Bennie growled again but entered the joint with fists clenched.
At the bar Cass dropped the name she’d been given, and a penny with Abraham Lincoln’s face on it. It was priceless, except you couldn’t sell it to anyone. Only collectors wanted one and her client knew the bartender wanted one. He quickly pointed to a man in a corner booth under a blue light, and then turned to spit shining the penny.
Cass and Bennie sat across from the man.
“No names,” the man said, “It’s better. You can call me Abe.”
“Well, we’re here,” Cass said. “Now what’s so important that you drug us to District 37?”
Abe took off the hat he was wearing, it was black with a large bill all around it. He scratched the tips of his pointy ears and small horns, one at each corner of the forehead. “It itches, the darn thing.”
Cass recognized the horns and pointy ears. Abe was Strix, a mixed-race of species with pointed ears and short horns at the corners of their foreheads. Like the humans discarded their tails but maintained the tailbone, the Strix had small bone bumps on their backs where wings once attached before an evolutionary process. Strix were native to Saron, a planet far from Earth and in an entirely different galaxy. Her mind wondered to recent reports she’d picked up along the way of war and turmoil on Saron. She didn’t know how much of it was true.
“I have brought you here,” Abe started, “Because I need something smuggled off Saron. Reports are that you two are damn good.”
Bennie grunted. It was what he did whenever someone started with flattery.
“Well, they do,” Abe said, “And I’m willing to pay you twenty-thousand credits upfront and thirty-thousand more upon completion.”
“That’s a lot of credits.” Cass said. She pulled her hood down and her white hair shone blue in the light. She leaned across the table. “Maybe too much. What’s the cargo?”
“Therein lies the rub, fellows,” Abe said. “I can’t tell you what the cargo is until after you accept the contract. If I did, and you backed out, I’d have to kill you.”
“Like to see you try.” Bennie said to Abe. He turned to Cass. “Bad business.”
Cass knew that fifty-thousand credits was more than enough to square Bennie with the Empusa. It was the deal of a lifetime. Normally, they’d split the payment down the middle, but twenty-five wouldn’t be enough for him, and he’d be left saving for another day. She was captain of their enterprise, and she rarely used that leverage, but no just wasn’t an option. The payload was too good.
“Bennie, it’s too good.” Cass said. “It’s a yes, and we’ll discuss it later.”
Bennie grunted. She knew that meant he didn’t like it, but he’d go along.
Abe looked uncomfortable, “Actually, you should probably do that now. Going into this mission not fully supportive of each other could prove disastrous.”
Bennie slammed an oversized fist down on the table. “Discuss. Later.”
“Right you are,” Abe said and recoiled back into his bench.
“What’s the prize?” Cass asked.
“A person.” Abe said. “A very important person. Princess Aigina of Saron.”
“So it’s true then,” Cass started, “She’s been ousted.”
“Yes, it was a very violent coup.” Abe said. He picked up his beer and took a large gulp. “After the passing of her mother, Queen Eretria, she came to power naturally. But her uncle, Hippias had other plans.” He leaned over the table and whispered, “Have you heard about General Dareios?”
“Rumors.” Bennie said.
“Not rumors, I assure you.” Abe said. “Captain Datis and his business with the Attika people, you know. The genocide he committed there, all of it was sanctioned by none other than General Dareios. It was a show of strength on his part, that let any future peoples who would reject his rule know what he could do to them. Submission or be wiped out entirely. Queen Eretria, rest her ghost, would not bend to General Dareios and she was only so fortunate to die of natural causes, if only to not have to see what has befallen Saron. General Dareios supported Hippias’ claim to the throne, and unfortunately many fearful Strix did the same. They were afraid that young Aigina, following in her mother’s footsteps, would result in their utter annihilation.”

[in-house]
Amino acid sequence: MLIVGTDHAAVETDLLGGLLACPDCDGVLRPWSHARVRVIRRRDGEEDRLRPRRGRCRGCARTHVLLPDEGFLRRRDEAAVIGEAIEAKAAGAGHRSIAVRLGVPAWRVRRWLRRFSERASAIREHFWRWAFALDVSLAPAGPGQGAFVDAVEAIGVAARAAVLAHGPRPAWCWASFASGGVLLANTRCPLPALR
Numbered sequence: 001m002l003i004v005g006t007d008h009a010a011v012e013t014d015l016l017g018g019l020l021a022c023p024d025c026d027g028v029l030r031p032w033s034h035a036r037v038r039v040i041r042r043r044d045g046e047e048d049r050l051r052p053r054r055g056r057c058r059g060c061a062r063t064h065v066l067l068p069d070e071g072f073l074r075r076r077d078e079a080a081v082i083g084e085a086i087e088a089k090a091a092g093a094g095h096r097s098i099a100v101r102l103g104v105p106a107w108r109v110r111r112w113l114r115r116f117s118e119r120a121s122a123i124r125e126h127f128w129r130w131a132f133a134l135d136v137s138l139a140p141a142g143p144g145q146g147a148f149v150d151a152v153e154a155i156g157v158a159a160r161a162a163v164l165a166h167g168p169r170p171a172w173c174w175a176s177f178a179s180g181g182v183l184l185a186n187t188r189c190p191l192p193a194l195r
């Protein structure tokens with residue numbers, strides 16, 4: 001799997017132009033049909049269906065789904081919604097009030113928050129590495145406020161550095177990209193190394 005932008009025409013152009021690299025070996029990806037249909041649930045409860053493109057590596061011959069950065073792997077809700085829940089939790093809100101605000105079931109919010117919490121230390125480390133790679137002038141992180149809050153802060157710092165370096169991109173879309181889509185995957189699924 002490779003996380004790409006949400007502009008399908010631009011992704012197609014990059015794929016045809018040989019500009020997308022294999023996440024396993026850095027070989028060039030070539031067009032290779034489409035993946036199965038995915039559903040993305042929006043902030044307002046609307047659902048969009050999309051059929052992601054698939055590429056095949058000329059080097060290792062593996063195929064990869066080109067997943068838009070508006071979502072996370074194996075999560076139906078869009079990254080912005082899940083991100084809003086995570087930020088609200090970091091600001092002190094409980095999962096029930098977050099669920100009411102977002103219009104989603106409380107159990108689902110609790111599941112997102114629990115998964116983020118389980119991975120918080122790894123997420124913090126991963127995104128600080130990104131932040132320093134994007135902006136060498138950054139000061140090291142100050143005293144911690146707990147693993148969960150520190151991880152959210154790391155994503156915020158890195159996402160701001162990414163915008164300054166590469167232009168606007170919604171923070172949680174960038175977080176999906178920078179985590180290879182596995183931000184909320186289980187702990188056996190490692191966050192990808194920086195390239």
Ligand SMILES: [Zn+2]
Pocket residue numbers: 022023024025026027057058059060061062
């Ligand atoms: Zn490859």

“Why not just kill Aigina?” Cass asked.
“Another rub,” Abe said, “She is still very much loved by the Strix. So any violence that should befall Aigina cannot come from Hippias. They’ve commissioned a third party to hire bounty hunters to see the deed done. For now, she is under house arrest. Unable to leave the confines of her own room, the windows sealed shut.”
“How do you know all of this?” Cass asked.
“Mine own eyes,” Abe said. “I was an advisor to the queen. I witnessed all these things. I smuggled myself out soon after the coup. But the plot concerning the bounty hunters I have learned about through long-trusted eavesdroppers. The names of which I shall never reveal.”
Cass sat back in the booth. She looked at Bennie who looked annoyed. Cass was exhausted at the thought of having to break into the Palace of Saron. But she’d agreed to it and there was no turning back.
During automated lightspeed travel, it gave Cass and Bennie time to go over their plans. Cass had figured security would be light, as they were expecting a bounty hunter to infiltrate. It was sneaking Aigina out that could be problematic. There would likely be a lot of improvising, she figured.
They managed to buy a digital copy of the blueprints of the palace off the online black market and studied it off and on for hours. Committing to memory the various routes by which they could make their escape. Of course, there was always the possibility the prints were out of date. But it was a chance they’d have to take.
Their plan was to escape through a window at the end of the hallway from Aigina’s bedroom. From there they would use rooftops to make their way back to the Alberta.
Just before they exited lightspeed, Cass turned and gave Bennie a funny look.
“What’s that look?” Bennie asked.